28. Ribotyping • How are the variable regions of rRNA determined? • DNA-cutter enzymes are used to divide the RNA only when a specific sequence occurs • If a strain of bacteria has that sequence in its rRNA, the rRNA strand will be cut at that location • The rRNA is then run on a gel so that the number and size of the pieces can be seen • rRNA that has been cut in the expected locations will appear different from rRNA that was not cut

  29. Ribotyping Example A ribotype image showing two strains of Salmonella Newport (3) Differences in the banding pattern indicate that the strains are different. Lane 1: a strain that is drug-sensitive Lane 2: a strain that is drug-resistant 1 2 Similarities in the banding pattern indicate that the species of bacteria is the same (Salmonella Newport).

  30. Ribotyping • Advantages of ribotyping as an identification method: • Ribotyping is a fully automated procedure • Procedure involves less labor and is standardized • Disadvantages of ribotyping: • Expensive because of the equipment used, therefore usually only performed in reference laboratories • Ribotyping is most commonly used for typing strains of Staphylococcus aureus, but it can also be used for typing other species of Staphylococcus and for E. coli.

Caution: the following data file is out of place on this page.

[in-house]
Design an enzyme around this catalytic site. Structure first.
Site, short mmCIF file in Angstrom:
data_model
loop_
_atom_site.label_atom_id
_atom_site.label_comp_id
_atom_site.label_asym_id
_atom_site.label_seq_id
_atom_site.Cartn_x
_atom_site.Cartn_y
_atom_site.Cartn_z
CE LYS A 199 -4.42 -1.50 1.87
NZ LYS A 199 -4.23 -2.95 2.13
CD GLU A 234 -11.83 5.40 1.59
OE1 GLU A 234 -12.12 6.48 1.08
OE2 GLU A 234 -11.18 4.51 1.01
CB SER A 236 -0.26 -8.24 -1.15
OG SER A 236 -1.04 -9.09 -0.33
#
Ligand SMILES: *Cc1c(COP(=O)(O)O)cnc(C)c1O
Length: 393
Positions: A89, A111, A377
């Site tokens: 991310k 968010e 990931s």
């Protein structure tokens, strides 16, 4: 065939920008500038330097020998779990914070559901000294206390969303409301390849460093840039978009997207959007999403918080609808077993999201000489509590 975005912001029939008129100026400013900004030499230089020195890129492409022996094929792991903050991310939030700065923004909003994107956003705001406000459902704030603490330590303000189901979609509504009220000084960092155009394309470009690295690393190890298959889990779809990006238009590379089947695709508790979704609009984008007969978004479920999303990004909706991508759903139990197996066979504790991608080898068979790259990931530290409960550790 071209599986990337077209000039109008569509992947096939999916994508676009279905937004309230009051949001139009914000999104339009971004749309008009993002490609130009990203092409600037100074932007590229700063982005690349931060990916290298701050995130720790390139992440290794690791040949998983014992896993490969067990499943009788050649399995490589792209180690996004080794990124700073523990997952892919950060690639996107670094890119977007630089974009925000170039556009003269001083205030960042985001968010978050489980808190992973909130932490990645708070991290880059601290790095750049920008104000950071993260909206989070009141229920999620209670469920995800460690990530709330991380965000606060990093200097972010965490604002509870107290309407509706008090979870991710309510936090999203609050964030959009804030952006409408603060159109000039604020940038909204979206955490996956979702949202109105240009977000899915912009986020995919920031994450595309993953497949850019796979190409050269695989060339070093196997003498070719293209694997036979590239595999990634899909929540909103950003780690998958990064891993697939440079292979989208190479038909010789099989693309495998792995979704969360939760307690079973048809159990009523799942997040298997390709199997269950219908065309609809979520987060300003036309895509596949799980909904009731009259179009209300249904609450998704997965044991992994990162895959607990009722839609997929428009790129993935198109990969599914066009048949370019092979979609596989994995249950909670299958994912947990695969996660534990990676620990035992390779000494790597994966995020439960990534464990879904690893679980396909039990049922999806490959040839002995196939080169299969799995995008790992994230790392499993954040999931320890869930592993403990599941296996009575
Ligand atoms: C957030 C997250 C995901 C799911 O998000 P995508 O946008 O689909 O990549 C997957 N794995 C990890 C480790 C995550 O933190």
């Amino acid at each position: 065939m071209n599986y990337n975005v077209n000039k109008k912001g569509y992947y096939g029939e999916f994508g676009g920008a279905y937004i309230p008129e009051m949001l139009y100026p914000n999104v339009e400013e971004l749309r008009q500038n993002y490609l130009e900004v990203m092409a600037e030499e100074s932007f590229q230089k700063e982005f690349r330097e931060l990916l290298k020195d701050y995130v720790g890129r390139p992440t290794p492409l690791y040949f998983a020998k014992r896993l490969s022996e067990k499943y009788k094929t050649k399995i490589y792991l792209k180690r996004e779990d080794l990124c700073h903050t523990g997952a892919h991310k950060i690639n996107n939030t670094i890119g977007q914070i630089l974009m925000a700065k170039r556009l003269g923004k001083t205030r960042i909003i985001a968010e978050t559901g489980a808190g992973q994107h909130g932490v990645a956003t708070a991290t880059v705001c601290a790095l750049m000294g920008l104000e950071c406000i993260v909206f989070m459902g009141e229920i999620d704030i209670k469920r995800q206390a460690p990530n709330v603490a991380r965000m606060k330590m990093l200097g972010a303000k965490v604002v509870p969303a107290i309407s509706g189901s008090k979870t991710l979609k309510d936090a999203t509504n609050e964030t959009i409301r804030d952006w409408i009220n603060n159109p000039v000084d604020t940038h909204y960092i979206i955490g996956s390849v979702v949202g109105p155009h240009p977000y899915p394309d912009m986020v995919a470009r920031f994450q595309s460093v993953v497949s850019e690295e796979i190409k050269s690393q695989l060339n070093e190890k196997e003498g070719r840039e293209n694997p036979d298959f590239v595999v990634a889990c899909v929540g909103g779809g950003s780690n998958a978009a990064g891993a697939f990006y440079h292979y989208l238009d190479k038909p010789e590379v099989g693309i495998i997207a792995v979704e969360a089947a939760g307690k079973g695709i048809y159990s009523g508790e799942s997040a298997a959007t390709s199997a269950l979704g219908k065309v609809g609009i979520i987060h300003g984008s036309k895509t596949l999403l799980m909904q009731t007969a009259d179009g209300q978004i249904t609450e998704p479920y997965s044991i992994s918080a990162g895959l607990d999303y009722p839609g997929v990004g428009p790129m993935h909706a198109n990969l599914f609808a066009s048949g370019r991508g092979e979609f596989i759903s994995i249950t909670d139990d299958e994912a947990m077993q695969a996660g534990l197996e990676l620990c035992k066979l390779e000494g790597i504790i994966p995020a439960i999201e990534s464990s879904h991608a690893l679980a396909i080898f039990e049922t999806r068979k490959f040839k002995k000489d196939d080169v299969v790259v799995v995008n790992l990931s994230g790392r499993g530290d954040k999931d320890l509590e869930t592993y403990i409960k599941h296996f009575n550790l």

31. Summary • This has been an overview of molecular techniques, i.e., laboratory analyses that use DNA or RNA. • A future issue of FOCUS will provide further information on the use of these techniques in an outbreak setting and provide examples from real investigations

  32. References • Johnson DW, Pieniazek NJ, Griffin DW, Misener L, Rose JB. Development of a PCR protocol for sensitive detection of Cryptosporidium oocysts in water samples. Appl Environ Microbiol. 1995;61:3849-3855. • Centers for Disease Control and Prevention. Multistate outbreak of Escherichia coli O157:H7 infections associated with eating ground beef --- United States, June--July 2002. MMWR Morb Mort Wkly Rep. 2002;51:637-639. Available at: Accessed November 30, 2006. • Fontana J, Stout A, Bolstorff B, Timperi R. Automated ribotyping and pulsed field electrophoresis for rapid identification of multidrug-resistant Salmonellas Serotype Newport. Emerg Infect Dis [serial online]. 2003;9:496-499. Available at: Accessed December 14, 2006.